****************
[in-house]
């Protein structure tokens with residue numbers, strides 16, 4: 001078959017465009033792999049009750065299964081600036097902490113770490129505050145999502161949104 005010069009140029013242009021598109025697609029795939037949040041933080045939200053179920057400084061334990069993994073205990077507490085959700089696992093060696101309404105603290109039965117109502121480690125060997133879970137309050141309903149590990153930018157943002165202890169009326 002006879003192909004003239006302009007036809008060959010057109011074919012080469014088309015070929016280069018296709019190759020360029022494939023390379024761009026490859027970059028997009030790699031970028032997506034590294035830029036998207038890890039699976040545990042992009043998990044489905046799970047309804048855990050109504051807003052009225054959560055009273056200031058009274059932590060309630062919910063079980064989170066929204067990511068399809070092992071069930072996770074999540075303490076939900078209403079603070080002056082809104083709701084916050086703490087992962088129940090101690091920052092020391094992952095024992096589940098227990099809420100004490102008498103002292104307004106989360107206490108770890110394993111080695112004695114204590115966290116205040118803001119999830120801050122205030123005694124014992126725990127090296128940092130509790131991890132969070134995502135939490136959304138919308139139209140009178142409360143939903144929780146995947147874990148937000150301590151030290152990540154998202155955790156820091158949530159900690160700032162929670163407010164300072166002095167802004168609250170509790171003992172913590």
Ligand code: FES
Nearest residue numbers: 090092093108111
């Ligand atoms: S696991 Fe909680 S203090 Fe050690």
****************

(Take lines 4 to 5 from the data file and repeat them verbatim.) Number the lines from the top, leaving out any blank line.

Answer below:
Nearest residue numbers: 090092093108111
């Ligand atoms: S696991 Fe909680 S203090 Fe050690």